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Subject: Agenda Request: Implementation-defined, Unspecified, and Undefined behaviors in OpenFormula


I notice in reviewing JIRA issues that there are many places where 

(1) implementation-defined is important in being able to say something
definitive about an ODF feature; and,

(2) implementation-defined is very valuable in sorting out the relationship
of a feature to the different conformance classes.

PROPOSAL: That we introduce the implementation-defined condition in the
conformance section of all parts of the ODF specification.

I request that we discuss this on the next available agenda (06-29 or

 - Dennis

PS: I don't think declarative is as passive (done as comments) as David
Wheeler remarked.  It seems to me that such declarative information is about
what is required to be supported for the document to be consumed properly.
It could be ignored, of course, but there is the opportunity for an
implementation to indicate that it cannot honor the declarative requirements
and also obtain agreement to do what it is able to do, if it has a fallback.
Some declarative requirements around discretionary provisions (size of a
table's "used area" for example) might actually be ones that an
implementation, in checking them, might end up declining to process because
there is no reasonable fall-back in the implementation.
    The request for agenda discussion is with regard to whether the TC
considers it worthwhile to introduce an implementation-defined condition on
required documentation.  We certainly need it, either way, to characterize
certain features in a clear way.

-----Original Message-----
From: robert_weir@us.ibm.com [mailto:robert_weir@us.ibm.com] 
Sent: Friday, June 12, 2009 09:55
To: office-formula@lists.oasis-open.org
Subject: Re: [office-formula] Implementation-defined, Unspecified, and
Undefined behaviors in OpenFormula

"David A. Wheeler" <dwheeler@dwheeler.com> wrote on 06/12/2009 12:25:54 

> robert_weir@us.ibm.com wrote:
> > Would it be worth taking a declarative approach on some of these?
> I doubt it, but I'd like to know what others think.
> I believe the goal is NOT to have zero implementation-defined items.  I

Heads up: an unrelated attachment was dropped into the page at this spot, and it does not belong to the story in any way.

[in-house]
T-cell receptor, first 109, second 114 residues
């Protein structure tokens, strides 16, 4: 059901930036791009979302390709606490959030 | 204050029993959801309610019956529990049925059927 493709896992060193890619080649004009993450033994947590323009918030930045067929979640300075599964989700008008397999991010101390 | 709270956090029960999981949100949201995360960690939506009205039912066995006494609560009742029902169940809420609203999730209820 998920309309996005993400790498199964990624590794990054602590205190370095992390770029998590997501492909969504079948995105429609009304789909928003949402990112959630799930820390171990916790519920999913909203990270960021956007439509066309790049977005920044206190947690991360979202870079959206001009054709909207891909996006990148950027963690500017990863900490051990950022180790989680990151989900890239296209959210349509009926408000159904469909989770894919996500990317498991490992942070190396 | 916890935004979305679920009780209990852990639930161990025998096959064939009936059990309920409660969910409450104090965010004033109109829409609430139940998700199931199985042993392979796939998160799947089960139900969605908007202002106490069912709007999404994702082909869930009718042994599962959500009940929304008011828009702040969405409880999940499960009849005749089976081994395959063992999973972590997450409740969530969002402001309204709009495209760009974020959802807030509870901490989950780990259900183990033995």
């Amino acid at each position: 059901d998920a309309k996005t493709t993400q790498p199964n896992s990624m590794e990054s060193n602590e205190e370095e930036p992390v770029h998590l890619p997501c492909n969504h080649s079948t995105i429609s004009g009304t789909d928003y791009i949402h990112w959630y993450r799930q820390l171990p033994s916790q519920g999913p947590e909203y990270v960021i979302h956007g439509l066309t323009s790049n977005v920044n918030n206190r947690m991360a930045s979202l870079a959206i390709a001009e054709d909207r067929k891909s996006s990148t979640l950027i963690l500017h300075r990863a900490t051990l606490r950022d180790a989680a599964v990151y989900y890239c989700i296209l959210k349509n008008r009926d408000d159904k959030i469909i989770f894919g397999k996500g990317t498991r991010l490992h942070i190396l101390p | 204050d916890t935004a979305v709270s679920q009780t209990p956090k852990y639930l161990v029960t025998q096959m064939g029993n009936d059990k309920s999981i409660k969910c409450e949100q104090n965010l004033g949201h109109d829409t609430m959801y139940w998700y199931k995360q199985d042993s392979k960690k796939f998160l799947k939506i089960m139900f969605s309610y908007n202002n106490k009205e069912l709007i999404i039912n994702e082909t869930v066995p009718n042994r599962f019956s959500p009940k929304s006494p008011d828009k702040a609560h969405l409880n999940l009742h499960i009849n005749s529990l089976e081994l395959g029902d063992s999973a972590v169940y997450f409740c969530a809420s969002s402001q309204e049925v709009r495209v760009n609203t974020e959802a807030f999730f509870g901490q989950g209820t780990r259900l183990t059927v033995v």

> believe, and I suspect you agree, that the goal is interoperability.  If 

> some decision doesn't harm interoperability in real life, then having it 

> implementation-defined is a non-issue. In fact, prematurely specifying 
> something where there is disagreement can make things worse.

Maybe I wasn't clear enough.  Implementation-defined means behaviors can 
vary, but implementations must document what they do, in written 
documentation that accompanies the software.  That is the typical 

A declarative approach means that implementation behavior can still vary, 
but instead of documenting this behavior only in written documentation, 
the behavior is documented in the XML itself.  This would apply in 
specific cases where there are only a small choice of allowed behaviors, 
such as 0^0, whether boolean and number are distinct, SUM(), etc.  We're 
not mandating specification evaluation behavior, but mandating that the 
behavior used by the application that writes the document be declared in 
the document's XML.

so something like:




In any case, my experience with spreadsheets is that "real life" can be 
quite weird at times.  Take the zero-parameter SUM() for example.  The 
zero result can be quote innocuous in sum.  So a sum-of-sums would work 
fine even if someone might have an empty SUM() someplace.  This might be 
an error from the business logic perspective.  The spreadsheet might not 
be calculating what the user wants it to be calculating.  But this is user 
error and we can't outlaw that.  On the other hand, they author might well 
aware of this, and it might be a complicated result of indirect 
addressing, interaction with macro automation, etc., that leads to an 
innocuous use of an empty SUM(). 

Now take that sheet, whether manually created or created via macro 
automation, and send it to another user, with a different editor. Their 
empty SUM() no returns an error, which percolates erros all through the 
sheet.  If the original sheet was created via automation, the offending 
formula might be on a hidden sheet or row, maybe even protected with a 
password.  In any case, they are going to be totally confused as to why 
their document is totally screwed up.

So even little things matter here.  In particular, edge functionality with 
SUM() -- one of the most commonly used functions -- is going to show up 
far more often than edge cases of BIN2HEX().  So we might prioritize our 
efforts around reducing implementation-defined functionality in the 
most-used functions.


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